Support for Civics and History Funding- Action Needed by July 18

The United States Senate Appropriations Committee has voted to pass its funding bill for health and education programs for next year but once again, the bill included no federal support for teaching history, civics, geography or economics. It's not too late to show your support for funding teaching in the social studies.

The House subcommittee making decisions about education and health funding will consider its bill July 18. This gives us a short period of time to push legislators to include funding for the social studies in their version of the FY 2013 funding bill. But if we want to be successful, it is absolutely vital that Members of the House hear loud and clear from large numbers of constituents letting them know that funding for the social studies is a priority. Representatives can also cosponsor the Sandra Day O'Connor Civic Learning Act, which will send a message about the importance of funding innovative programs in civic education.

How you can help

So, what can you do? Take five minutes to make one important phone call. Then, ask your colleagues, friends, neighbors and family to do the same thing!

  1. If you don't know your Representative's name, go to www.house.gov and look him or her up by entering your zip code.
  2. Call the DC office for your Representative at the number listed on the Member's website, or call the Capitol switchboard at (202) 225-3121 and ask to be connected to that Representative’s office.
  3. Ask whoever answers the phone in your Representative’s office to connect you to the Legislative Assistant who handles education issues.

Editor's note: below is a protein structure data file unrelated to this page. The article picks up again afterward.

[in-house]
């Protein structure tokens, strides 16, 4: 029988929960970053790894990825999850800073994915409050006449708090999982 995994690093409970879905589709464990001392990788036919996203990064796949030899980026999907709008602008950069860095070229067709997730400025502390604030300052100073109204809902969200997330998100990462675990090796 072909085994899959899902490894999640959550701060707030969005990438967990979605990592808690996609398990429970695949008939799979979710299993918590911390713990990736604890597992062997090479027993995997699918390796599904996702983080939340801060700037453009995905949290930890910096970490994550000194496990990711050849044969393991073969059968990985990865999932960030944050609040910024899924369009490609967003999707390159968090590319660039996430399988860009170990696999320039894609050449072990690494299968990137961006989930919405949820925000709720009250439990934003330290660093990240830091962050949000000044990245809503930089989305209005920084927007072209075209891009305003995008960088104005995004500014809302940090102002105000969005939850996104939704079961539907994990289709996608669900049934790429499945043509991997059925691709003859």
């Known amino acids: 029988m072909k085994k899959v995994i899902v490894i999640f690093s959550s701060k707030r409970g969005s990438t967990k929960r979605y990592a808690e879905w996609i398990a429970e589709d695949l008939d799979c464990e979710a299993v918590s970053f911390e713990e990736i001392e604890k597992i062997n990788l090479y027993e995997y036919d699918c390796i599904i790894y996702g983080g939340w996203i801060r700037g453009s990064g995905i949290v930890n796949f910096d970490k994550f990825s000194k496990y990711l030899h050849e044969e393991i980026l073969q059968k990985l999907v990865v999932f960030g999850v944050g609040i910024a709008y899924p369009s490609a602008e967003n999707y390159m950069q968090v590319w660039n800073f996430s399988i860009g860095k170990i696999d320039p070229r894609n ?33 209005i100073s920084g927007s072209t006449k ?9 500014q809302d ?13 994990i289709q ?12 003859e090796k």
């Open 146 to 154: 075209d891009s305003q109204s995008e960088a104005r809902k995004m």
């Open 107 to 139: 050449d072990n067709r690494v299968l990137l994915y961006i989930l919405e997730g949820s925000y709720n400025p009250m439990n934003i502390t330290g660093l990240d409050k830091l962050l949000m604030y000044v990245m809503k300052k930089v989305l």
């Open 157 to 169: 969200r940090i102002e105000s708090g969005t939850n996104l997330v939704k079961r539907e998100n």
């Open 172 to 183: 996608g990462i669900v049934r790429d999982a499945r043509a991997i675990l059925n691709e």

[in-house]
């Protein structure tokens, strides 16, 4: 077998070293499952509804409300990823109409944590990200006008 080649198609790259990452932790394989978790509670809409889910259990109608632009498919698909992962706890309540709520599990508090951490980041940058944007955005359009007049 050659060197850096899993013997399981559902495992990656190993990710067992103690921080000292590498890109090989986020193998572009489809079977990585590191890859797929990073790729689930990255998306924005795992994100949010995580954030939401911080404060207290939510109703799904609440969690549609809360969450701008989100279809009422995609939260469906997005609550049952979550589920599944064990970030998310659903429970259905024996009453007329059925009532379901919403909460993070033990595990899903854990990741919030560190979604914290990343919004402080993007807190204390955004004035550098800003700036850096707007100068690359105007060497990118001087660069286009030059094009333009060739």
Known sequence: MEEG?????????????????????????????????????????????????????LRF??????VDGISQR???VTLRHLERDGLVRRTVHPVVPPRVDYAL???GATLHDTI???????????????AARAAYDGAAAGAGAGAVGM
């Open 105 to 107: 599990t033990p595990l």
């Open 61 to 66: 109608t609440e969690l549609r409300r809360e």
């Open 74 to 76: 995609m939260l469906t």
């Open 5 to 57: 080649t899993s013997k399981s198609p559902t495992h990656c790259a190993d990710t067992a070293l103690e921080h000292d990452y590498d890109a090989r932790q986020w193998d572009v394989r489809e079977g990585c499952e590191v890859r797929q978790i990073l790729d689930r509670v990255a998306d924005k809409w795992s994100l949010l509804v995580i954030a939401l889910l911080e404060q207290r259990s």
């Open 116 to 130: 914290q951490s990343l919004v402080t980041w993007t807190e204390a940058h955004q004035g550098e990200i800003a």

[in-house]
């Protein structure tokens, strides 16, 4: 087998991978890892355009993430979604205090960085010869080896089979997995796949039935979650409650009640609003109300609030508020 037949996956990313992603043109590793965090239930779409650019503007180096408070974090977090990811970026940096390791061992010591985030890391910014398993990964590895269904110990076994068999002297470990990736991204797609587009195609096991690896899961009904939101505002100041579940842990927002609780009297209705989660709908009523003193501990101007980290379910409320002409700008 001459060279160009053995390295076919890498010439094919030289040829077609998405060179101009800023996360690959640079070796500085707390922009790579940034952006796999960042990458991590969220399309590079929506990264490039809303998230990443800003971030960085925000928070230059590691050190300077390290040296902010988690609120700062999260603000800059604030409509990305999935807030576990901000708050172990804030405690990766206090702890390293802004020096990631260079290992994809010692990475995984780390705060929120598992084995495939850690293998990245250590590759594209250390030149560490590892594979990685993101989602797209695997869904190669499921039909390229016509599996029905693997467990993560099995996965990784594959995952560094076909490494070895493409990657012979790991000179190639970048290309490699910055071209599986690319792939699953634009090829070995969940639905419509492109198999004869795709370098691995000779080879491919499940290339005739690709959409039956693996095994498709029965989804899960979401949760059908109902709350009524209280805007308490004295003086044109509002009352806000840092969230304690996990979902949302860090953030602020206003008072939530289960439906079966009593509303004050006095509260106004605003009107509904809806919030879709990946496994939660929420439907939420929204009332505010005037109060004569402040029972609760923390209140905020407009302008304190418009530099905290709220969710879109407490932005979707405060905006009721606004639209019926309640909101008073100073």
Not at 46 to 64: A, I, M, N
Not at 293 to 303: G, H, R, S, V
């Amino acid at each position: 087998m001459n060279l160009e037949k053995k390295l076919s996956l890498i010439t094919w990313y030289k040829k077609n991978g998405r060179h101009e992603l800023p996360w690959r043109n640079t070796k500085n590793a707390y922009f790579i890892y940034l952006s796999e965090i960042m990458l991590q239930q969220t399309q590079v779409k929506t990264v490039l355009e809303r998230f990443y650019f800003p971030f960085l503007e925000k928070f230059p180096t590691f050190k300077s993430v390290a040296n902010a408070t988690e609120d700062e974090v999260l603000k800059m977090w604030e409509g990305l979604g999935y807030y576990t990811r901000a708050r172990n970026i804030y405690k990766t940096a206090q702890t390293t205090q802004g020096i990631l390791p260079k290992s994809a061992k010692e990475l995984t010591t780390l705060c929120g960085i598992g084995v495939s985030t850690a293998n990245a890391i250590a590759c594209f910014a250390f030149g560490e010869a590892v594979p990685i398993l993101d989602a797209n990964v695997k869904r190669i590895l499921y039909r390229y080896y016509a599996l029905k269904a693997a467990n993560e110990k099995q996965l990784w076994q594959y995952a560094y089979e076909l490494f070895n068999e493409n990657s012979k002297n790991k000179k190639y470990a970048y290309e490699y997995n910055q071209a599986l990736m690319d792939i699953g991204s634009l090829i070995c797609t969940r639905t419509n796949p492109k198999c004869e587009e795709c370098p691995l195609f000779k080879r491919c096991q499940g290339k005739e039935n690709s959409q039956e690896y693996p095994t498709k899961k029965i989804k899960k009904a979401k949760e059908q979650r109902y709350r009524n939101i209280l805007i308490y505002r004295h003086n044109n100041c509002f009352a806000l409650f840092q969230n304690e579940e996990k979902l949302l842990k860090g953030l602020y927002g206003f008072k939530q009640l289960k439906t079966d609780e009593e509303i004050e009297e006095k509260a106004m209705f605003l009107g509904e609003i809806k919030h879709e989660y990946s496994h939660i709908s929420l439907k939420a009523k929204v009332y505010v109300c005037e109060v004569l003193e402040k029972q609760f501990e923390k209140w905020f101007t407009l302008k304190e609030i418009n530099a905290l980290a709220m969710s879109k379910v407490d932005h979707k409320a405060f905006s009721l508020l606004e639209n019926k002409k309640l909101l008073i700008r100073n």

4. When you talk to the assistant (or leave a message) identify yourself as a constituent. Ask if your Representative would please do two things:
    • Call Chairman Rehberg and ask for competitive grants for civics and for history in the
    • Sign on as a cosponsor of H.R. 3464, The Sandra Day O’Connor Civic Learning Act.

History, civics, economics and geography is well represented in DC, and NCSS leadership has been working hard in concert with other organizations in our community to carry our wins in the Senate ESEA reauthorization bill over to the funding bill. But we need more voices, more boots on the ground. And we need them in a hurry. It us up to us to ensure that students are gaining the critical skills and knowledge required to be informed citizens in our deliberative democracy.

International Social Studies Conference call for proposals

NCSS is accepting proposals for presentation at "Education for Democracy and the Arab World", an International Social Studies Conference in Fez, Morocco, June 25-July 1, 2013. The conference will feature speakers from the Middle East, expert panels, breakout sessions, tours of world heritage sites, school visits, cultural activities, and networking opportunities.
Read more about how to submit a proposal (http://www.socialstudies.org/intlconference)

International Social Studies Conference call for proposals

NCSS is accepting proposals for presentation at "Education for Democracy and the Arab World", an International Social Studies Conference in Fez, Morocco, June 25-July 1, 2013. The conference will feature speakers from the Middle East, expert panels, breakout sessions, tours of world heritage sites, school visits, cultural activities, and networking opportunities.